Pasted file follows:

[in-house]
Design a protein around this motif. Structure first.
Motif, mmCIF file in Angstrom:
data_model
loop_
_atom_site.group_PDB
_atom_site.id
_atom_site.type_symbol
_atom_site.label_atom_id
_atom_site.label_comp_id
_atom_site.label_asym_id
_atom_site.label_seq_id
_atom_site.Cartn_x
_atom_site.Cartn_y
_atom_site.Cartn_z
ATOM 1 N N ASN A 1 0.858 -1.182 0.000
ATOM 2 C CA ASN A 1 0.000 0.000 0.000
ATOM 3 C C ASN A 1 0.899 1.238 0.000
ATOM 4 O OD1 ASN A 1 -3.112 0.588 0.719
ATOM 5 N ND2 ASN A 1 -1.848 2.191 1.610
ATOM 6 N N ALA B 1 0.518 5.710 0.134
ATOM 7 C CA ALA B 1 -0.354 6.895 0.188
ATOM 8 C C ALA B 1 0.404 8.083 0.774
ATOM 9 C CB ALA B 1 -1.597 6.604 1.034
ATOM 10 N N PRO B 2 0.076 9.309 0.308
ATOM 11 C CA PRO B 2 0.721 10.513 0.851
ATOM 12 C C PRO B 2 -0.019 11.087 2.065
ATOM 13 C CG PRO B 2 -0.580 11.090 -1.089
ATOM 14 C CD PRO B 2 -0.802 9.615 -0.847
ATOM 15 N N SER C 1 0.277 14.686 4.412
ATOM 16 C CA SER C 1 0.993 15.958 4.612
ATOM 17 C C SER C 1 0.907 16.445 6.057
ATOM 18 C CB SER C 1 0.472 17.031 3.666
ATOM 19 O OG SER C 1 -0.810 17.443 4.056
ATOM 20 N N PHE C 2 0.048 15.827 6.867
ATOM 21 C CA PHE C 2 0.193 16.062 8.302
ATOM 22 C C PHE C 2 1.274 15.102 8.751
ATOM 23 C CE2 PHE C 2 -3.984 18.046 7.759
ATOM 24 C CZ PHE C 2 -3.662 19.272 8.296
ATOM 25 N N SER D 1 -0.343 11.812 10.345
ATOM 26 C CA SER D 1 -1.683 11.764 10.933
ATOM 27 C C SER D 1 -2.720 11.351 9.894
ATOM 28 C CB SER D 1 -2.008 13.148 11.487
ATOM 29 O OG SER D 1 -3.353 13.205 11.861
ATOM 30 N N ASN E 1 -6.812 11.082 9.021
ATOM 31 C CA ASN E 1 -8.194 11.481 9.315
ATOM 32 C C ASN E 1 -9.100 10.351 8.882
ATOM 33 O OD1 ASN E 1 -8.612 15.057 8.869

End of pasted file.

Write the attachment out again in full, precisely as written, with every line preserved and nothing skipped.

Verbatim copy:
[in-house]
Design a protein around this motif. Structure first.
Motif, mmCIF file in Angstrom:
data_model
loop_
_atom_site.group_PDB
_atom_site.id
_atom_site.type_symbol
_atom_site.label_atom_id
_atom_site.label_comp_id
_atom_site.label_asym_id
_atom_site.label_seq_id
_atom_site.Cartn_x
_atom_site.Cartn_y
_atom_site.Cartn_z
ATOM 1 N N ASN A 1 0.858 -1.182 0.000
ATOM 2 C CA ASN A 1 0.000 0.000 0.000
ATOM 3 C C ASN A 1 0.899 1.238 0.000
ATOM 4 O OD1 ASN A 1 -3.112 0.588 0.719
ATOM 5 N ND2 ASN A 1 -1.848 2.191 1.610
ATOM 6 N N ALA B 1 0.518 5.710 0.134
ATOM 7 C CA ALA B 1 -0.354 6.895 0.188
ATOM 8 C C ALA B 1 0.404 8.083 0.774
ATOM 9 C CB ALA B 1 -1.597 6.604 1.034
ATOM 10 N N PRO B 2 0.076 9.309 0.308
ATOM 11 C CA PRO B 2 0.721 10.513 0.851
ATOM 12 C C PRO B 2 -0.019 11.087 2.065
ATOM 13 C CG PRO B 2 -0.580 11.090 -1.089
ATOM 14 C CD PRO B 2 -0.802 9.615 -0.847
ATOM 15 N N SER C 1 0.277 14.686 4.412
ATOM 16 C CA SER C 1 0.993 15.958 4.612
ATOM 17 C C SER C 1 0.907 16.445 6.057
ATOM 18 C CB SER C 1 0.472 17.031 3.666
ATOM 19 O OG SER C 1 -0.810 17.443 4.056
ATOM 20 N N PHE C 2 0.048 15.827 6.867
ATOM 21 C CA PHE C 2 0.193 16.062 8.302
ATOM 22 C C PHE C 2 1.274 15.102 8.751
ATOM 23 C CE2 PHE C 2 -3.984 18.046 7.759
ATOM 24 C CZ PHE C 2 -3.662 19.272 8.296
ATOM 25 N N SER D 1 -0.343 11.812 10.345
ATOM 26 C CA SER D 1 -1.683 11.764 10.933
ATOM 27 C C SER D 1 -2.720 11.351 9.894
ATOM 28 C CB SER D 1 -2.008 13.148 11.487
ATOM 29 O OG SER D 1 -3.353 13.205 11.861
ATOM 30 N N ASN E 1 -6.812 11.082 9.021
ATOM 31 C CA ASN E 1 -8.194 11.481 9.315
ATOM 32 C C ASN E 1 -9.100 10.351 8.882
ATOM 33 O OD1 ASN E 1 -8.612 15.057 8.869